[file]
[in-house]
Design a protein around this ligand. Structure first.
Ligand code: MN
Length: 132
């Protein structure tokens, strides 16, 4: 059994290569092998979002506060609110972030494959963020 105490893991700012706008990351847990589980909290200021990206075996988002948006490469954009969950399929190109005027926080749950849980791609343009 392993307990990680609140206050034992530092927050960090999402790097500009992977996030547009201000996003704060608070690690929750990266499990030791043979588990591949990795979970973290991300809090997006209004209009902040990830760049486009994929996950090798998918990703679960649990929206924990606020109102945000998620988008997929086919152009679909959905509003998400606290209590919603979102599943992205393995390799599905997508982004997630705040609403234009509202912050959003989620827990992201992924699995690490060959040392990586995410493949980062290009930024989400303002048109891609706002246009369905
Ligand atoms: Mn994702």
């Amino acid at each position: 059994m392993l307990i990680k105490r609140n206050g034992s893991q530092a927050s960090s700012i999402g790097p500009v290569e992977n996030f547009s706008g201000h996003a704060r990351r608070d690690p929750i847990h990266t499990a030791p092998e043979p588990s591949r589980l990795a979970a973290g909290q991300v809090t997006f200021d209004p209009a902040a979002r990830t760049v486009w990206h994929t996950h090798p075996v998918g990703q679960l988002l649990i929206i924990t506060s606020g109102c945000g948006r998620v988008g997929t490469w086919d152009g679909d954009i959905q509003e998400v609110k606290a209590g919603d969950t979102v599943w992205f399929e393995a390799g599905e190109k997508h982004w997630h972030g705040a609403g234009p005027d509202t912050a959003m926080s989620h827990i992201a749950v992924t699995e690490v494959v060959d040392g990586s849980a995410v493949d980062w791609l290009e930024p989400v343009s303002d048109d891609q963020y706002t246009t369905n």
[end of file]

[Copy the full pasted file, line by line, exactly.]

[in-house]
Design a protein around this ligand. Structure first.
Ligand code: MN
Length: 132
């Protein structure tokens, strides 16, 4: 059994290569092998979002506060609110972030494959963020 105490893991700012706008990351847990589980909290200021990206075996988002948006490469954009969950399929190109005027926080749950849980791609343009 392993307990990680609140206050034992530092927050960090999402790097500009992977996030547009201000996003704060608070690690929750990266499990030791043979588990591949990795979970973290991300809090997006209004209009902040990830760049486009994929996950090798998918990703679960649990929206924990606020109102945000998620988008997929086919152009679909959905509003998400606290209590919603979102599943992205393995390799599905997508982004997630705040609403234009509202912050959003989620827990992201992924699995690490060959040392990586995410493949980062290009930024989400303002048109891609706002246009369905
Ligand atoms: Mn994702």
């Amino acid at each position: 059994m392993l307990i990680k105490r609140n206050g034992s893991q530092a927050s960090s700012i999402g790097p500009v290569e992977n996030f547009s706008g201000h996003a704060r990351r608070d690690p929750i847990h990266t499990a030791p092998e043979p588990s591949r589980l990795a979970a973290g909290q991300v809090t997006f200021d209004p209009a902040a979002r990830t760049v486009w990206h994929t996950h090798p075996v998918g990703q679960l988002l649990i929206i924990t506060s606020g109102c945000g948006r998620v988008g997929t490469w086919d152009g679909d954009i959905q509003e998400v609110k606290a209590g919603d969950t979102v599943w992205f399929e393995a390799g599905e190109k997508h982004w997630h972030g705040a609403g234009p005027d509202t912050a959003m926080s989620h827990i992201a749950v992924t699995e690490v494959v060959d040392g990586s849980a995410v493949d980062w791609l290009e930024p989400v343009s303002d048109d891609q963020y706002t246009t369905n």